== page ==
Elementary scattering theory
Elementary scattering theory: for x-ray and neutron users
Oxford, UK: OUP 2011 | 216pp | ?19.99 (PB)
Reviewed by Andrew Wills
It is rare for a book to have a natural position beside the classic works in a field. Instead, authors often attempt to write an opus that will supplant them, and in so doing gain a revered place on the shelves of researchers around the world. Devinder Sivia’s newest work, Elementary scattering theory, is refreshing because it does not seek to achieve this.
With a focus on the scattering of x-rays and neutrons, the author has tried to construct an understanding of the basics of scattering theory with a view of the different types of science that it can enable. Such a crossdisciplinary approach will hopefully encourage the new generation of researchers to take full advantage of the range of science that can be done with the neutron and synchrotron instruments of sources such as the Diamond Light Source in Oxford, UK.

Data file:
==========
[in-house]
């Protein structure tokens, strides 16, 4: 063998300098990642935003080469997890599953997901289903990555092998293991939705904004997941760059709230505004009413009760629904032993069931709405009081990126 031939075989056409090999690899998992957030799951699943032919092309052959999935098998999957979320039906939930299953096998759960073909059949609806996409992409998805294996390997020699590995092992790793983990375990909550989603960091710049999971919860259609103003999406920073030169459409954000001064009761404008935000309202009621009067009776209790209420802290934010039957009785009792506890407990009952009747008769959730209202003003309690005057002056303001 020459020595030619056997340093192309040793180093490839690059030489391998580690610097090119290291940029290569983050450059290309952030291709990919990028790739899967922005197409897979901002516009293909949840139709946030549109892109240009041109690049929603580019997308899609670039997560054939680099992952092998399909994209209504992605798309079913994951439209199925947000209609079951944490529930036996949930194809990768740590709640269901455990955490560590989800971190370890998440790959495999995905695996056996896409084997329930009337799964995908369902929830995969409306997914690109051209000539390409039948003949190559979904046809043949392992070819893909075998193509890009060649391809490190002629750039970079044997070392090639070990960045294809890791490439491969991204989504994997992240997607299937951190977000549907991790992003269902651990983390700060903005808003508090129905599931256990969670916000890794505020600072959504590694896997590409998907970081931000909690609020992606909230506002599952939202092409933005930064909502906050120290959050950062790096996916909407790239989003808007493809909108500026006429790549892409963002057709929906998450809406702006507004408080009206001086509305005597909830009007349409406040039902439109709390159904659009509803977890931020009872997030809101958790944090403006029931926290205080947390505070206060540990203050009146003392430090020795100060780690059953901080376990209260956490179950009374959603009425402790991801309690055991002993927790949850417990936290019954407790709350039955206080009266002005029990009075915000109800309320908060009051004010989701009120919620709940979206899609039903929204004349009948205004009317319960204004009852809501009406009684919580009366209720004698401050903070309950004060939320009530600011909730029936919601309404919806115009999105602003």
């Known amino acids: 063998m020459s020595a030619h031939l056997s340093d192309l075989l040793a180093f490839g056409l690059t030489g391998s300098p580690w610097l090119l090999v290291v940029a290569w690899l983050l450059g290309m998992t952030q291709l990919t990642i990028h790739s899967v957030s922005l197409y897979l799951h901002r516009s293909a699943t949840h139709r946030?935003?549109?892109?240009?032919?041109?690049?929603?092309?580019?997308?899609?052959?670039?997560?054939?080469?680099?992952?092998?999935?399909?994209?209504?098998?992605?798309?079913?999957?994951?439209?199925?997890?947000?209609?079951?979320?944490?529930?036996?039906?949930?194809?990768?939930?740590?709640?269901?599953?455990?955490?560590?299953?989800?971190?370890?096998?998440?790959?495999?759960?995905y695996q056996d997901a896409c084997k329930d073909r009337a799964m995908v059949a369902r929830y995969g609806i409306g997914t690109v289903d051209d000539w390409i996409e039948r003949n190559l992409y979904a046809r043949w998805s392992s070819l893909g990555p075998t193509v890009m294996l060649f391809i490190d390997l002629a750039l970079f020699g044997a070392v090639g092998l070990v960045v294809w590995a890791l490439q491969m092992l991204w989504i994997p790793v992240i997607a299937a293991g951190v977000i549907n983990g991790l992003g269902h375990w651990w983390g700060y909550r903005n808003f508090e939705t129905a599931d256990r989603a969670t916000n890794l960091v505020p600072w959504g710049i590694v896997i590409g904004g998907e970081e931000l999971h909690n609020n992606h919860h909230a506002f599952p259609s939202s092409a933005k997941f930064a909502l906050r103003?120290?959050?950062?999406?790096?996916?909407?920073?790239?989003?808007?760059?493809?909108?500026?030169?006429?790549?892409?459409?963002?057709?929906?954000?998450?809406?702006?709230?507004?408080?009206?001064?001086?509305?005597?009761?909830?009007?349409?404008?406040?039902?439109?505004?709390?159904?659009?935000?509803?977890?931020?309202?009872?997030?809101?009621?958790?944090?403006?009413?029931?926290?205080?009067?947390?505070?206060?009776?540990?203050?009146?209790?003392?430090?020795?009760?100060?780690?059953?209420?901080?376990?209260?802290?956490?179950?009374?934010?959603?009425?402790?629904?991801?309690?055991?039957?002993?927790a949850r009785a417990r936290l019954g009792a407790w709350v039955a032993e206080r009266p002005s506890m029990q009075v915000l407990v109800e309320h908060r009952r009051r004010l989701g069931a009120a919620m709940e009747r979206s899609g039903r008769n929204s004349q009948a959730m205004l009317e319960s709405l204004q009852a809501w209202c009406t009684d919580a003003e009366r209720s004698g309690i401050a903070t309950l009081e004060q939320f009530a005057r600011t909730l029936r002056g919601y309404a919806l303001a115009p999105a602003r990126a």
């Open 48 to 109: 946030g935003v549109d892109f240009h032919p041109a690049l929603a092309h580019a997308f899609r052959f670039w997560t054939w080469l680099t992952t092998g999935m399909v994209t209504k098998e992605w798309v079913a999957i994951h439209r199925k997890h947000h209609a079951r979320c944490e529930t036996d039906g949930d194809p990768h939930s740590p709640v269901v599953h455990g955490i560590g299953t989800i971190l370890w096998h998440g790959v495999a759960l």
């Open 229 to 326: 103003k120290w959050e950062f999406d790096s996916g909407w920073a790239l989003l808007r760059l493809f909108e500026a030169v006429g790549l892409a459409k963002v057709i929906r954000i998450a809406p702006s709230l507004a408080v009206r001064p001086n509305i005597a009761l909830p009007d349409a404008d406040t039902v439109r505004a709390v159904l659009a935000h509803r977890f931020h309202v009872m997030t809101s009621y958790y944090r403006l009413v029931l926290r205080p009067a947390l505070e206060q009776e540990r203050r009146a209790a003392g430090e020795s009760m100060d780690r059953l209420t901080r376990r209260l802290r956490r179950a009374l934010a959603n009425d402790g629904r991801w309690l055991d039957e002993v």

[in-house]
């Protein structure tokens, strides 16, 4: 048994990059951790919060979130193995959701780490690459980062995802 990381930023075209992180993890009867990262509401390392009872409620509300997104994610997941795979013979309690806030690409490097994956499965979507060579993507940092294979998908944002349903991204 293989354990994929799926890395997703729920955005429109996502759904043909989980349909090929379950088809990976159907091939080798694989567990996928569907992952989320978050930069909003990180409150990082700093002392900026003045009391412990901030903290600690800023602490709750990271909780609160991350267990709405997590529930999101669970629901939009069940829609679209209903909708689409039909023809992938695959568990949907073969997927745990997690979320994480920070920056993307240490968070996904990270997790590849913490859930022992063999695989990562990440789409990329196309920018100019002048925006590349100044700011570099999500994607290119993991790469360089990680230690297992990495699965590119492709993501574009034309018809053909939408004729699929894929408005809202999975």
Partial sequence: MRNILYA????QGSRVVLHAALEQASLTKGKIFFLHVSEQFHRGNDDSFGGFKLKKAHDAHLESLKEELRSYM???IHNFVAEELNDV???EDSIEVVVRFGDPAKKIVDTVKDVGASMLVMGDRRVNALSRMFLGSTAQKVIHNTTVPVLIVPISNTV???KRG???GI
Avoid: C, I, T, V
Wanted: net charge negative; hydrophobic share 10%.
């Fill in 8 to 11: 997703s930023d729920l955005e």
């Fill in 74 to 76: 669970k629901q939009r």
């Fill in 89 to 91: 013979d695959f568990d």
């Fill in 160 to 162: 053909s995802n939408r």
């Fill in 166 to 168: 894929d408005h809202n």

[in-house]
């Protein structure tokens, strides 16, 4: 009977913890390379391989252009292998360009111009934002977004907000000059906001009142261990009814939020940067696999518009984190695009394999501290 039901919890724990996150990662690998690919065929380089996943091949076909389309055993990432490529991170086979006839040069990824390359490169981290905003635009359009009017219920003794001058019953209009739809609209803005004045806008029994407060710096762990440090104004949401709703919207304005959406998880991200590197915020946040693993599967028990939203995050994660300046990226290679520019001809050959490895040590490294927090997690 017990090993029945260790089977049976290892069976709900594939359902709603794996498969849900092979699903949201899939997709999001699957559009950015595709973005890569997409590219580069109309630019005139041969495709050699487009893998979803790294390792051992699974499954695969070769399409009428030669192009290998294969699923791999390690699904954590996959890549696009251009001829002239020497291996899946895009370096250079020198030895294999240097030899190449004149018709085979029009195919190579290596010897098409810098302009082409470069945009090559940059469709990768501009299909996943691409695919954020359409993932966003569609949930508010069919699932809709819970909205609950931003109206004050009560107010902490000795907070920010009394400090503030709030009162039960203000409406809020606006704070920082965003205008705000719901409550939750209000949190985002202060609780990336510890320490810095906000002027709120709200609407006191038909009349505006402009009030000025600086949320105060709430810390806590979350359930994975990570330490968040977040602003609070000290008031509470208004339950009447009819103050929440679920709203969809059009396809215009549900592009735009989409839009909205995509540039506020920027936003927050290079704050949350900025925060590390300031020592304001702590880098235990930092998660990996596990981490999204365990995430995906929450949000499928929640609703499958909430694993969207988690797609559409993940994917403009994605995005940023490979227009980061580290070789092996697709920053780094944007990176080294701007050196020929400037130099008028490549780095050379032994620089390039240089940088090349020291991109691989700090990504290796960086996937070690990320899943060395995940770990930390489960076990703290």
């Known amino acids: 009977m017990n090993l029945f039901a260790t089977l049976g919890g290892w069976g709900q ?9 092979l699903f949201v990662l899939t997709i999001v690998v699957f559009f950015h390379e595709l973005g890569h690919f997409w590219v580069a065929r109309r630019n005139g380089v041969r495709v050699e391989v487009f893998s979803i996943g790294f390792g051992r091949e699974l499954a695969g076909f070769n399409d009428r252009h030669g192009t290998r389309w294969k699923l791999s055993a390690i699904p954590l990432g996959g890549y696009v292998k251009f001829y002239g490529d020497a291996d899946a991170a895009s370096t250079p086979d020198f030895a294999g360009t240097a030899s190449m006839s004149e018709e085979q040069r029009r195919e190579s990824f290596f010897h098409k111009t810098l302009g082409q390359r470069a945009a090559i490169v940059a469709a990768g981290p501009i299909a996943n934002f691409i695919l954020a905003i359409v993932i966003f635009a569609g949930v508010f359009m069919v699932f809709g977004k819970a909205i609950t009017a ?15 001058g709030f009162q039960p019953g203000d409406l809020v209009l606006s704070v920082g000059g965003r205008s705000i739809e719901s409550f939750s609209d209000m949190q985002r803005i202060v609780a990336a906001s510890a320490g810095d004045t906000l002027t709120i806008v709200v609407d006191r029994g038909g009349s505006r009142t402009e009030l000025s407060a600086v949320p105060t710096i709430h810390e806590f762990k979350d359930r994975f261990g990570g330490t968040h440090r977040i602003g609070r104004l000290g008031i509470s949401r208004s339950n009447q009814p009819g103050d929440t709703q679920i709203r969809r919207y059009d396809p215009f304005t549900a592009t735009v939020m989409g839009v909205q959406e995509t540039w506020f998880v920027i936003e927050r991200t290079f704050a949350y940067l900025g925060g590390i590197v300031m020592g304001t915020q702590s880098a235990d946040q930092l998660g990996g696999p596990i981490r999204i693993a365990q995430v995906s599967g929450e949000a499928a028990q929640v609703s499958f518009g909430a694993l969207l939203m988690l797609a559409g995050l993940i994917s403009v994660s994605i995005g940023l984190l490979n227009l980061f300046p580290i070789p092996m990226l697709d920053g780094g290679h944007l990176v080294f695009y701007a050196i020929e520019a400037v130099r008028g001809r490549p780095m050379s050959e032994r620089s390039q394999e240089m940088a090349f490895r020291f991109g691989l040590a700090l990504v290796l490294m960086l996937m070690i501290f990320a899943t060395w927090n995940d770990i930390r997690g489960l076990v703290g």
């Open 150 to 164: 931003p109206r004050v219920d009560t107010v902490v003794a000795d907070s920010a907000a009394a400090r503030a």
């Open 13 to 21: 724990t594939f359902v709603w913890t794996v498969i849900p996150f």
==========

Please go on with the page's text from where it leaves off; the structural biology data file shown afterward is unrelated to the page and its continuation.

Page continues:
The theme of the book is constructed using a geometric approach that is familiar to chemists. The desire of making the maths accessible to the less mathematical sciences leads to an introduction that some readers may find a little basic. Still, the progress is quick and it is not long before the author begins to work through the fundamentals of the different aspects of scattering theory, and it is here that Sivia’s careful manner and construction are most apparent.
The utility of Elementary scattering theory does not lie in its ability to provide a detailed introduction to the science that can be studied with neutron and x-ray scattering. It is in its potential to introduce the background theory of these techniques and to render more accessible the heavier volumes that may reside next to it.
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